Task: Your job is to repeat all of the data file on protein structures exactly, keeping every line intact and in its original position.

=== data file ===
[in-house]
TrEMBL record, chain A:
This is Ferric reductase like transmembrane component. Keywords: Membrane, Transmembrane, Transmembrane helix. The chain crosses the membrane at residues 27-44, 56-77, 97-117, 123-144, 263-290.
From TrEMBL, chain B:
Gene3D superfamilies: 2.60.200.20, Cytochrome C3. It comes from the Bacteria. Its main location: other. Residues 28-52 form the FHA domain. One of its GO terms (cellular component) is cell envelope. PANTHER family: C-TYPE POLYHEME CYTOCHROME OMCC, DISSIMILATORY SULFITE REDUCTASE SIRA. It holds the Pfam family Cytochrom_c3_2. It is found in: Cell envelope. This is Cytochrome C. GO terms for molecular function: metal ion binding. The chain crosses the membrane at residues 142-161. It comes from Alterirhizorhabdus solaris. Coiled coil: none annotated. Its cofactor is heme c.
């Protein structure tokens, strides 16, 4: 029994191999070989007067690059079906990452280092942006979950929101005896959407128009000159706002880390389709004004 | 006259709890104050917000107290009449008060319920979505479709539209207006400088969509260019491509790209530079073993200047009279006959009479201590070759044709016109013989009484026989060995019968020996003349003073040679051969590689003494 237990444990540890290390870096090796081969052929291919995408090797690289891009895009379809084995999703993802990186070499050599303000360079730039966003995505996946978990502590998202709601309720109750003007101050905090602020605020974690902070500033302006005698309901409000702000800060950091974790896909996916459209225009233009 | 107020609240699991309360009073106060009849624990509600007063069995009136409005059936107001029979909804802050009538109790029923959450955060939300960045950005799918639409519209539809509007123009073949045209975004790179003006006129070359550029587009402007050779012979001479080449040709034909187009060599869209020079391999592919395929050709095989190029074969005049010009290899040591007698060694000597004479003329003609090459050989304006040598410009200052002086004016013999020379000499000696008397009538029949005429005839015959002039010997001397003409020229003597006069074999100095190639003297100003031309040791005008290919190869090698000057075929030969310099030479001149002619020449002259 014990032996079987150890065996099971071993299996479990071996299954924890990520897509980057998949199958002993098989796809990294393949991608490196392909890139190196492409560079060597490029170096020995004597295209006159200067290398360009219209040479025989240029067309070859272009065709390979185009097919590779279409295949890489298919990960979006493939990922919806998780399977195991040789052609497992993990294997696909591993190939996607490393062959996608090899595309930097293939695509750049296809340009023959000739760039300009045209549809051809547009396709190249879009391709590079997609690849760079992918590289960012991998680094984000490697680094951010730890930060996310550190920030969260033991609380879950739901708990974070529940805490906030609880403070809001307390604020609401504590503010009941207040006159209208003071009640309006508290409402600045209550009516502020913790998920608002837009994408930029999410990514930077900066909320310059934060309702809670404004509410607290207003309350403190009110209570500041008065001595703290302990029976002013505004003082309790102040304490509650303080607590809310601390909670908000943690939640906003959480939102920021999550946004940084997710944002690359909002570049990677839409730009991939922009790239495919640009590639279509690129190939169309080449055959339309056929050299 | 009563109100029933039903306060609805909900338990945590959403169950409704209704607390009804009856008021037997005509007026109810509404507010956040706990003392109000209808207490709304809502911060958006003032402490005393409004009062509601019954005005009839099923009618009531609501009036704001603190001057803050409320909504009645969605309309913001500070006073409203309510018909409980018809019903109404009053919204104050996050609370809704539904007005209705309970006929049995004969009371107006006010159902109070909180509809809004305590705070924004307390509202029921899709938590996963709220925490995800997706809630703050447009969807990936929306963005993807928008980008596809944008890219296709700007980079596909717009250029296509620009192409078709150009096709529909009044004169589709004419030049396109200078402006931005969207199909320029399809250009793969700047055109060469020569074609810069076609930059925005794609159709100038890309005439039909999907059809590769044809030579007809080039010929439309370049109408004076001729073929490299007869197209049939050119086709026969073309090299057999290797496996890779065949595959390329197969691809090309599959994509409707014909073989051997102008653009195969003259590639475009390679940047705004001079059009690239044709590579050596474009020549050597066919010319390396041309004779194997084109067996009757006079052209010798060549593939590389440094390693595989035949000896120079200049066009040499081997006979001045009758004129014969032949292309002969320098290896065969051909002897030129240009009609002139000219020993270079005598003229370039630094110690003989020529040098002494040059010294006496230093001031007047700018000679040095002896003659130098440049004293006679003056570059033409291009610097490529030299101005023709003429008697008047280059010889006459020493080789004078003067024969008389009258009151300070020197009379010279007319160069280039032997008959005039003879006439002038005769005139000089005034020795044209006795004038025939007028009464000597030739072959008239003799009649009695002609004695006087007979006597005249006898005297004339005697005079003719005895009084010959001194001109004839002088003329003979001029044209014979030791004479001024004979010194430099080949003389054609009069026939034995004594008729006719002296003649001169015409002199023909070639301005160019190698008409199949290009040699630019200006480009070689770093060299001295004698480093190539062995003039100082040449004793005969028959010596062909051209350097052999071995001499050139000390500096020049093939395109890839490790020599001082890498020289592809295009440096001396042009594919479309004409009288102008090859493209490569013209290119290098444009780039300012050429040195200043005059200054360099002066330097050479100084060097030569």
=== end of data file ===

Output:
[in-house]
TrEMBL record, chain A:
This is Ferric reductase like transmembrane component. Keywords: Membrane, Transmembrane, Transmembrane helix. The chain crosses the membrane at residues 27-44, 56-77, 97-117, 123-144, 263-290.
From TrEMBL, chain B:
Gene3D superfamilies: 2.60.200.20, Cytochrome C3. It comes from the Bacteria. Its main location: other. Residues 28-52 form the FHA domain. One of its GO terms (cellular component) is cell envelope. PANTHER family: C-TYPE POLYHEME CYTOCHROME OMCC, DISSIMILATORY SULFITE REDUCTASE SIRA. It holds the Pfam family Cytochrom_c3_2. It is found in: Cell envelope. This is Cytochrome C. GO terms for molecular function: metal ion binding. The chain crosses the membrane at residues 142-161. It comes from Alterirhizorhabdus solaris. Coiled coil: none annotated. Its cofactor is heme c.
């Protein structure tokens, strides 16, 4: 029994191999070989007067690059079906990452280092942006979950929101005896959407128009000159706002880390389709004004 | 006259709890104050917000107290009449008060319920979505479709539209207006400088969509260019491509790209530079073993200047009279006959009479201590070759044709016109013989009484026989060995019968020996003349003073040679051969590689003494 237990444990540890290390870096090796081969052929291919995408090797690289891009895009379809084995999703993802990186070499050599303000360079730039966003995505996946978990502590998202709601309720109750003007101050905090602020605020974690902070500033302006005698309901409000702000800060950091974790896909996916459209225009233009 | 107020609240699991309360009073106060009849624990509600007063069995009136409005059936107001029979909804802050009538109790029923959450955060939300960045950005799918639409519209539809509007123009073949045209975004790179003006006129070359550029587009402007050779012979001479080449040709034909187009060599869209020079391999592919395929050709095989190029074969005049010009290899040591007698060694000597004479003329003609090459050989304006040598410009200052002086004016013999020379000499000696008397009538029949005429005839015959002039010997001397003409020229003597006069074999100095190639003297100003031309040791005008290919190869090698000057075929030969310099030479001149002619020449002259 014990032996079987150890065996099971071993299996479990071996299954924890990520897509980057998949199958002993098989796809990294393949991608490196392909890139190196492409560079060597490029170096020995004597295209006159200067290398360009219209040479025989240029067309070859272009065709390979185009097919590779279409295949890489298919990960979006493939990922919806998780399977195991040789052609497992993990294997696909591993190939996607490393062959996608090899595309930097293939695509750049296809340009023959000739760039300009045209549809051809547009396709190249879009391709590079997609690849760079992918590289960012991998680094984000490697680094951010730890930060996310550190920030969260033991609380879950739901708990974070529940805490906030609880403070809001307390604020609401504590503010009941207040006159209208003071009640309006508290409402600045209550009516502020913790998920608002837009994408930029999410990514930077900066909320310059934060309702809670404004509410607290207003309350403190009110209570500041008065001595703290302990029976002013505004003082309790102040304490509650303080607590809310601390909670908000943690939640906003959480939102920021999550946004940084997710944002690359909002570049990677839409730009991939922009790239495919640009590639279509690129190939169309080449055959339309056929050299 | 009563109100029933039903306060609805909900338990945590959403169950409704209704607390009804009856008021037997005509007026109810509404507010956040706990003392109000209808207490709304809502911060958006003032402490005393409004009062509601019954005005009839099923009618009531609501009036704001603190001057803050409320909504009645969605309309913001500070006073409203309510018909409980018809019903109404009053919204104050996050609370809704539904007005209705309970006929049995004969009371107006006010159902109070909180509809809004305590705070924004307390509202029921899709938590996963709220925490995800997706809630703050447009969807990936929306963005993807928008980008596809944008890219296709700007980079596909717009250029296509620009192409078709150009096709529909009044004169589709004419030049396109200078402006931005969207199909320029399809250009793969700047055109060469020569074609810069076609930059925005794609159709100038890309005439039909999907059809590769044809030579007809080039010929439309370049109408004076001729073929490299007869197209049939050119086709026969073309090299057999290797496996890779065949595959390329197969691809090309599959994509409707014909073989051997102008653009195969003259590639475009390679940047705004001079059009690239044709590579050596474009020549050597066919010319390396041309004779194997084109067996009757006079052209010798060549593939590389440094390693595989035949000896120079200049066009040499081997006979001045009758004129014969032949292309002969320098290896065969051909002897030129240009009609002139000219020993270079005598003229370039630094110690003989020529040098002494040059010294006496230093001031007047700018000679040095002896003659130098440049004293006679003056570059033409291009610097490529030299101005023709003429008697008047280059010889006459020493080789004078003067024969008389009258009151300070020197009379010279007319160069280039032997008959005039003879006439002038005769005139000089005034020795044209006795004038025939007028009464000597030739072959008239003799009649009695002609004695006087007979006597005249006898005297004339005697005079003719005895009084010959001194001109004839002088003329003979001029044209014979030791004479001024004979010194430099080949003389054609009069026939034995004594008729006719002296003649001169015409002199023909070639301005160019190698008409199949290009040699630019200006480009070689770093060299001295004698480093190539062995003039100082040449004793005969028959010596062909051209350097052999071995001499050139000390500096020049093939395109890839490790020599001082890498020289592809295009440096001396042009594919479309004409009288102008090859493209490569013209290119290098444009780039300012050429040195200043005059200054360099002066330097050479100084060097030569």